A highlight was a cab ride down to Puerto Nuevo, a hotspot for the “Puerto Nuevo style lobster.” We had the best dinner perhaps of our lives.  $11 a person bought us each a margarita, tortilla soup, salad, rice & beans, tortillas, chips & salsa, and a lobster. EACH! Everything was amazing, but the tortilla soup haunted me. I spent several months trying different recipes and perfecting my version until it took us back to Puerto Nuevo and that fun long weekend we spent at Rosarito Beach.

I hope to surprise Brian with a trip again sometime (or better yet – be surprised by Brian with a trip!), but we’ll always have fond memories of our mini vacation. And every time I make tortilla soup, we get to relive it!

It’s easy to get to Rosarito Beach from San Diego. We hired a car to drive us down, but  once we were there we saw how easy and economical it was to use the buses, so we did that on our way back to San Diego.

Bus from San Diego Airport to American Plaza (transfer to Trolley Blue Line). There is only one bus, so don’t sweat it too much. ($5)

Trolley Blue Line south to San Ysidro Transit Center. (same fare)

Mexicoach from San Ysidro Transit Center to Rosarito Beach Hotel. ($4)

Next up: My tortilla soup recipe!

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Filed under Food, Travel

A Dam Good Day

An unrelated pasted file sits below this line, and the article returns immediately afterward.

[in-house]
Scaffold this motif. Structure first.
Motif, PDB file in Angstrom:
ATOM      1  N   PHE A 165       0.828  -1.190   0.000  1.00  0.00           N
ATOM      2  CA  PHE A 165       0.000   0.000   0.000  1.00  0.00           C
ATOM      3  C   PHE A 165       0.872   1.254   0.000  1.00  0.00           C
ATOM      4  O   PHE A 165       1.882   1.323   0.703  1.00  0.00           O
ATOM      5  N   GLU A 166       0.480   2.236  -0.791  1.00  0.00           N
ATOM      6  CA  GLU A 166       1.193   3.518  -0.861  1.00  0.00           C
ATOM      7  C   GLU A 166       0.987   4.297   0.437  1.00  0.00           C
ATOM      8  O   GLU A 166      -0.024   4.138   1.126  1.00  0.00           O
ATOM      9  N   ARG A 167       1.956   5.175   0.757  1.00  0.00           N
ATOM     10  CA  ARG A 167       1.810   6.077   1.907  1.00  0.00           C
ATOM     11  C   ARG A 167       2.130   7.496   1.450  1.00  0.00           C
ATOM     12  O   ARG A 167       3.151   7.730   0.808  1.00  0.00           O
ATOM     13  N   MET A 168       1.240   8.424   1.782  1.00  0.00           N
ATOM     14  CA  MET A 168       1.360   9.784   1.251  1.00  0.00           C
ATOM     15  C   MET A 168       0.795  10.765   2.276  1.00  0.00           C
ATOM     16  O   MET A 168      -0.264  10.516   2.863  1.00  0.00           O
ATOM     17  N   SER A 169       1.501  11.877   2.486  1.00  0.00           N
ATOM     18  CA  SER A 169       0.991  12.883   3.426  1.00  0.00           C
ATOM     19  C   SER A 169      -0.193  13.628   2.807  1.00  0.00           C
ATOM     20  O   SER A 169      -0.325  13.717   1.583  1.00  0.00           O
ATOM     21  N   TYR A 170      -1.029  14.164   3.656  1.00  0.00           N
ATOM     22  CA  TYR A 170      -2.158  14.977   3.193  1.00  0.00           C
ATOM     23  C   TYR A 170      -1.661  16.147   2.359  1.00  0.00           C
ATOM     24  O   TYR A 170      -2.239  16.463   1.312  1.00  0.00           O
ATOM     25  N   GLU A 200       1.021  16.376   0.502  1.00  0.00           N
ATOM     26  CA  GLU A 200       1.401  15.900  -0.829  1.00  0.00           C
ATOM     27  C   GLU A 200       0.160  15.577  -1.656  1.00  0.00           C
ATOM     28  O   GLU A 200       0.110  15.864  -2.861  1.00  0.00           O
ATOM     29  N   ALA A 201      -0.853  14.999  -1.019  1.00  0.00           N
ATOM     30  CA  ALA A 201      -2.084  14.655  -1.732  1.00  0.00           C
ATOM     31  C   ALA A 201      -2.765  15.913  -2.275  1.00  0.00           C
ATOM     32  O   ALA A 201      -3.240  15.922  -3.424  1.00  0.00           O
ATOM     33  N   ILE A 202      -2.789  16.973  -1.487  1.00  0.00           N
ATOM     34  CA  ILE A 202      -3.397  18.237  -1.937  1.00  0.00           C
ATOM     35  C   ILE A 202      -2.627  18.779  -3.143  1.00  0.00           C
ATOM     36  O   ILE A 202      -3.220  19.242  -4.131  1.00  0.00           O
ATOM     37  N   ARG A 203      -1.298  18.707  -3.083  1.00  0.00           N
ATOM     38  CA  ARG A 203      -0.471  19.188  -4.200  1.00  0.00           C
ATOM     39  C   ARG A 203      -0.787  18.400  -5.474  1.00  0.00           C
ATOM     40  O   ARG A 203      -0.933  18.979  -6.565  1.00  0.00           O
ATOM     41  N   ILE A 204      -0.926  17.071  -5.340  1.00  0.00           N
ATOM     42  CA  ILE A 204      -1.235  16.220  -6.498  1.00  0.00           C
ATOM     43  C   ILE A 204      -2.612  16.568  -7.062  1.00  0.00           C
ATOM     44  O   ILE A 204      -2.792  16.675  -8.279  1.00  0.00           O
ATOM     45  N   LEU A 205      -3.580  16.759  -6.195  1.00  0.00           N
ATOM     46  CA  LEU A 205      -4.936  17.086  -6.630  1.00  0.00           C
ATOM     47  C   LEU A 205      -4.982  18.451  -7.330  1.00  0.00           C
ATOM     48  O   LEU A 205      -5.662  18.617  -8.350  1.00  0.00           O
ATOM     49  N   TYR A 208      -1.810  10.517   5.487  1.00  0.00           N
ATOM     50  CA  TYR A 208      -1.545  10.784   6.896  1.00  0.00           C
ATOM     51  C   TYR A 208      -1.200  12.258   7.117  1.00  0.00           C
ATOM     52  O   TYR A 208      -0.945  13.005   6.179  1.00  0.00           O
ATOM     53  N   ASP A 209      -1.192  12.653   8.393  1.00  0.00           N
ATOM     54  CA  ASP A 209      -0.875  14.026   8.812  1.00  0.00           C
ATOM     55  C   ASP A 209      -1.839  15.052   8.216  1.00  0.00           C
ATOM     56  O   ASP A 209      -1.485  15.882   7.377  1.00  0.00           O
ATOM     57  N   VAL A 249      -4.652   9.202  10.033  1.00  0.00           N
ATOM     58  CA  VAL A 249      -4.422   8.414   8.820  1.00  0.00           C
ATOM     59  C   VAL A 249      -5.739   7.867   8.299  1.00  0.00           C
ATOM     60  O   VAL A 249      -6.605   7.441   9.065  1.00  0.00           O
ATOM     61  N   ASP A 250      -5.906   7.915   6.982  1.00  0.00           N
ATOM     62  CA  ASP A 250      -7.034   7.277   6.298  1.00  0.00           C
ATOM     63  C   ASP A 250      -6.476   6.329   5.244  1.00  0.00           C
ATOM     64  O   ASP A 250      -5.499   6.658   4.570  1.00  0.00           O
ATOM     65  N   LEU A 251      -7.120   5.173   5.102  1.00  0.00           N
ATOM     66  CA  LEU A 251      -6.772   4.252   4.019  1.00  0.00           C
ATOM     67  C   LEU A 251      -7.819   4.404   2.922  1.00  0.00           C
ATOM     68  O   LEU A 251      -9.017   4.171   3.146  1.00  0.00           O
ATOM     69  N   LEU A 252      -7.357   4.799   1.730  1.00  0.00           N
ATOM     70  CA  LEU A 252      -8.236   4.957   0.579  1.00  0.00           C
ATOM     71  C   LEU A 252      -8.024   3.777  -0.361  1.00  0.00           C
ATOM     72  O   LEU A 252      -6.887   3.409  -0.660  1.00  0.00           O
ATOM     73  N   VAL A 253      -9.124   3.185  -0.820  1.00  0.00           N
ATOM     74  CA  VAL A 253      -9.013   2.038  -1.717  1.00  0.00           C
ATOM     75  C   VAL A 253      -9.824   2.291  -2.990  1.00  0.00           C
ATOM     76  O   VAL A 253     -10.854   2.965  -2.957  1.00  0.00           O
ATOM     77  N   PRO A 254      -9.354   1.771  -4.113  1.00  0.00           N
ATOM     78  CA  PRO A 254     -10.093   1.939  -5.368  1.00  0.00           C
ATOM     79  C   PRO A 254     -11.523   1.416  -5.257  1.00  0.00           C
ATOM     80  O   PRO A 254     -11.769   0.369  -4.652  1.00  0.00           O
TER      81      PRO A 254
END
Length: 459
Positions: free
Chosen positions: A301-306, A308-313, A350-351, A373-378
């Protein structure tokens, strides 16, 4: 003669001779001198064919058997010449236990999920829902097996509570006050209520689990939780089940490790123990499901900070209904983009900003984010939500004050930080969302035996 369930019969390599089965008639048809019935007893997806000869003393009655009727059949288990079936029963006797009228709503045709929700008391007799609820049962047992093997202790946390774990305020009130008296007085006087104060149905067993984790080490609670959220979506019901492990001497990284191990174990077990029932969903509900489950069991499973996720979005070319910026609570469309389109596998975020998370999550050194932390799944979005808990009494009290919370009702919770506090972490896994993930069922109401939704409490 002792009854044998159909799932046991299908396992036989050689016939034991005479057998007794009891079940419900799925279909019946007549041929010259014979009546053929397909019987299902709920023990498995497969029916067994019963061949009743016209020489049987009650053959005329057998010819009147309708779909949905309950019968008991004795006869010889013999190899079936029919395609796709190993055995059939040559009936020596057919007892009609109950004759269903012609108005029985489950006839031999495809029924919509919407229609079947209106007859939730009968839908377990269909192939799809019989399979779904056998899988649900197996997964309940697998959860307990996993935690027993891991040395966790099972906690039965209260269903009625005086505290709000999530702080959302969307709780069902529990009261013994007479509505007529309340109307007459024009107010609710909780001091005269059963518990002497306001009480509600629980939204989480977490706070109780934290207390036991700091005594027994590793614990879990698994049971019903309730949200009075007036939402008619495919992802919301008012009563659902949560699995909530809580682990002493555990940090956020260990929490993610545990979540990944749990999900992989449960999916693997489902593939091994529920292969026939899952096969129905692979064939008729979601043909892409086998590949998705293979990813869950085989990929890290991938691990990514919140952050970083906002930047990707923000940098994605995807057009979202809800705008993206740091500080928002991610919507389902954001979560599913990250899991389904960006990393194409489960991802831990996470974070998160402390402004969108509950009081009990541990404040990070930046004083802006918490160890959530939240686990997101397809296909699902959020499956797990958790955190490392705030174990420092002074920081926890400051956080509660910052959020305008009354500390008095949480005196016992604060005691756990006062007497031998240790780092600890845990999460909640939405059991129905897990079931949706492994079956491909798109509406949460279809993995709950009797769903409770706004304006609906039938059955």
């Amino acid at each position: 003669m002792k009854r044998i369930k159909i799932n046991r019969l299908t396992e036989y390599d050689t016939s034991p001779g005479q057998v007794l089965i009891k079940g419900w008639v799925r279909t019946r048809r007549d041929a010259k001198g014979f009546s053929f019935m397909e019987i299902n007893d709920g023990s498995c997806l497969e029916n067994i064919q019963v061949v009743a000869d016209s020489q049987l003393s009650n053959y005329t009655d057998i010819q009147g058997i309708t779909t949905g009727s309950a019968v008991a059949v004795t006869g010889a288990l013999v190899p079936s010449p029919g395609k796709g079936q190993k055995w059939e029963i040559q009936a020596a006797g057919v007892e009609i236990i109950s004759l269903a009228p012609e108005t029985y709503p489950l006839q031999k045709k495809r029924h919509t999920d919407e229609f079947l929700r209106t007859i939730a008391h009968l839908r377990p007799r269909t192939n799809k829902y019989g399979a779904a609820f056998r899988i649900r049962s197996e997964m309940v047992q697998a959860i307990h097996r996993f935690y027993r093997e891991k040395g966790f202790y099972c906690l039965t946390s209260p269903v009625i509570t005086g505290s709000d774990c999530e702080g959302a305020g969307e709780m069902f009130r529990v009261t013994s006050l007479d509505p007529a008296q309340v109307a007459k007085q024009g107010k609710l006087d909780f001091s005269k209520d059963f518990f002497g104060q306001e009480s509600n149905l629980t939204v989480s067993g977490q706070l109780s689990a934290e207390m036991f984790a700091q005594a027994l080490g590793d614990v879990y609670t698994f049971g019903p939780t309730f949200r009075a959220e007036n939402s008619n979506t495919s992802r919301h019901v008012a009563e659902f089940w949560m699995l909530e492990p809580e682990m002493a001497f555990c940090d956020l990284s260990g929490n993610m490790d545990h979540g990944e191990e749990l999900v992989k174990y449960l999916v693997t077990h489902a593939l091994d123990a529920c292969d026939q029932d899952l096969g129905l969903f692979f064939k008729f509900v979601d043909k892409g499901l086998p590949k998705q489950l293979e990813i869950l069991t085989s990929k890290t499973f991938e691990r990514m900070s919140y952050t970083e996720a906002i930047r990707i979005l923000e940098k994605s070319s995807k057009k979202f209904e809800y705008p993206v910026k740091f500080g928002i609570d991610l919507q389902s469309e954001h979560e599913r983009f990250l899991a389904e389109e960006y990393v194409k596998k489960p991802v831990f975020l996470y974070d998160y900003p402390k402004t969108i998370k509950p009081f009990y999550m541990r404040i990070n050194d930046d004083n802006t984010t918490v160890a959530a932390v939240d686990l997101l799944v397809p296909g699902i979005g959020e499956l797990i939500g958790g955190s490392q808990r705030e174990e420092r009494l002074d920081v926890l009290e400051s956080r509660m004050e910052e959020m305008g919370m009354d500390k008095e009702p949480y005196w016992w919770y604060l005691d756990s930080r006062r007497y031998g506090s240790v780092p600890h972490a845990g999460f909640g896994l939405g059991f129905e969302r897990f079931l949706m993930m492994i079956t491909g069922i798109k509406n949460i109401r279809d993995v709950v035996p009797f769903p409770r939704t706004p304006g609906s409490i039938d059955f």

I used to enjoy a good Super Bowl Commercial Party – my friends and I would mute the tv during all the cumbersome football, and watch the commercials and half time with glee. That’s “glee,” not “Glee,” BTW.  Brian is always occupied with his annual poker game during the super bowl, so I’m left to my own devices.

But once I had kids, the old Champagne-drinking commercial-watching party just wouldn’t do anymore.

Blessed with gorgeous weather today (seriously – is it really February in Oregon?), we headed eastward to meet up with Dayl and Zephyr for some outdoor play. Other than the snacks we brought and the fuel to get there, it was all FREE family fun!

We stopped first at Bonneville Dam. The visitor center was fairly empty, so the kids could run around a bit.

We didn’t want to be inside too much with the sun shining, but thought the fish ladders would be pretty cool to check out.